Actually, by the time we shot that scene, we were getting along so well and understood each other really well. I’d say one thing and Nic would understand and give me another thing. It was a great communication. Sometimes, after we discuss a scene, Nic will give me a surprise — something that he wouldn’t tell me ahead of time. And this was one of those lines. He never gave me any indication ahead of time. I was quite surprised, but it worked out.
You’re a very prolific filmmaker, but your films are also visually striking, which is not something I associate with prolific filmmakers. What is the secret, in your case, of being able to work so much and so quickly, while making movies that remain so visually elaborate?
As you might know, when I was younger, I wanted to be a poet. I love poems, and also short stories. Those are rather fast-paced — they’re created quickly, whereas filmmaking seems to take more time. But for me, creating poems and creating short stories is the same as filmmaking. All filmmakers should be like that. Once something hits your mind and your head as a visual image, or any creative idea, you should be able to just create, to let those ideas out right away. That’s why I only take a short amount of time. I’m not afraid of making mistakes. When I’m making a movie, I’m not trying to make something that is 100 percent convincing. I’d rather try to make movies one after another, without being afraid of mistakes or anything like that. Because, number one, that gives me more motivation for the next film — to keep shooting, keep filming, to take the next step. Also, at the end of the day, whether something is a failure or not, it’s not my decision. I can’t really tell. It’s other people — the audience — that will tell me if it’s great or not great. Since I can’t judge it that way, I’d rather just keep filming.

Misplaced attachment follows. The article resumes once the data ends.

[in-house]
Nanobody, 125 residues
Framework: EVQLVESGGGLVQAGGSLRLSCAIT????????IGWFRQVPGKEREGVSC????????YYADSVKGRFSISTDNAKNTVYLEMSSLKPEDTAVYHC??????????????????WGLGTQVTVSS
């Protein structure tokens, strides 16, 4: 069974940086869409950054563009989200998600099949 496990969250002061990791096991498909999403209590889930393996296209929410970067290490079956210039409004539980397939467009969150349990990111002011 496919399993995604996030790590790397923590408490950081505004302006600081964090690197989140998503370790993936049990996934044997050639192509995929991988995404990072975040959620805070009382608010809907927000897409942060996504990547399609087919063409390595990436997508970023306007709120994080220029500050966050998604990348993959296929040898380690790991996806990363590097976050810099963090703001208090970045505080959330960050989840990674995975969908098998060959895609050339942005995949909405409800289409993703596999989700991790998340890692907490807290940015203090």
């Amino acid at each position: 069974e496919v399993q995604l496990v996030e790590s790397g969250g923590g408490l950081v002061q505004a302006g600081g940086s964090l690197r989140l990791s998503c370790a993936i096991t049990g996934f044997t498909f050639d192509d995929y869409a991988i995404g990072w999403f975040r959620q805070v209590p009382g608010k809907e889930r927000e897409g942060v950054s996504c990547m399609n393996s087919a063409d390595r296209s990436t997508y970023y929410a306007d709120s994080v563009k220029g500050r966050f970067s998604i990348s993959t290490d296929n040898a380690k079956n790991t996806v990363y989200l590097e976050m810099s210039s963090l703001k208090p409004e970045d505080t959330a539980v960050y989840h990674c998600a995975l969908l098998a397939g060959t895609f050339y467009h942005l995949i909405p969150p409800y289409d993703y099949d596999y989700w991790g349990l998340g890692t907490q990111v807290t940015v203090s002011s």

You don’t care if something is a failure or not while you’re shooting, but when you look at your earlier films, or scenes, is there anything you see now and think was a mistake?
The truth is, I’ve got a whole bunch of mistakes. Even now, I look back and think about it, and there are so many. But if I think too much of it, that doesn’t help. That doesn’t give me any motivation. And all I’ll do is suffer with all those thoughts of mistakes. So I try not to think about it.
Your style of filmmaking can be very extreme at times. Prisoners of the Ghostland is at times very brutal, but also very funny and surreal. Do you ever look at something and think you’ve gone too far and that you might lose the audience?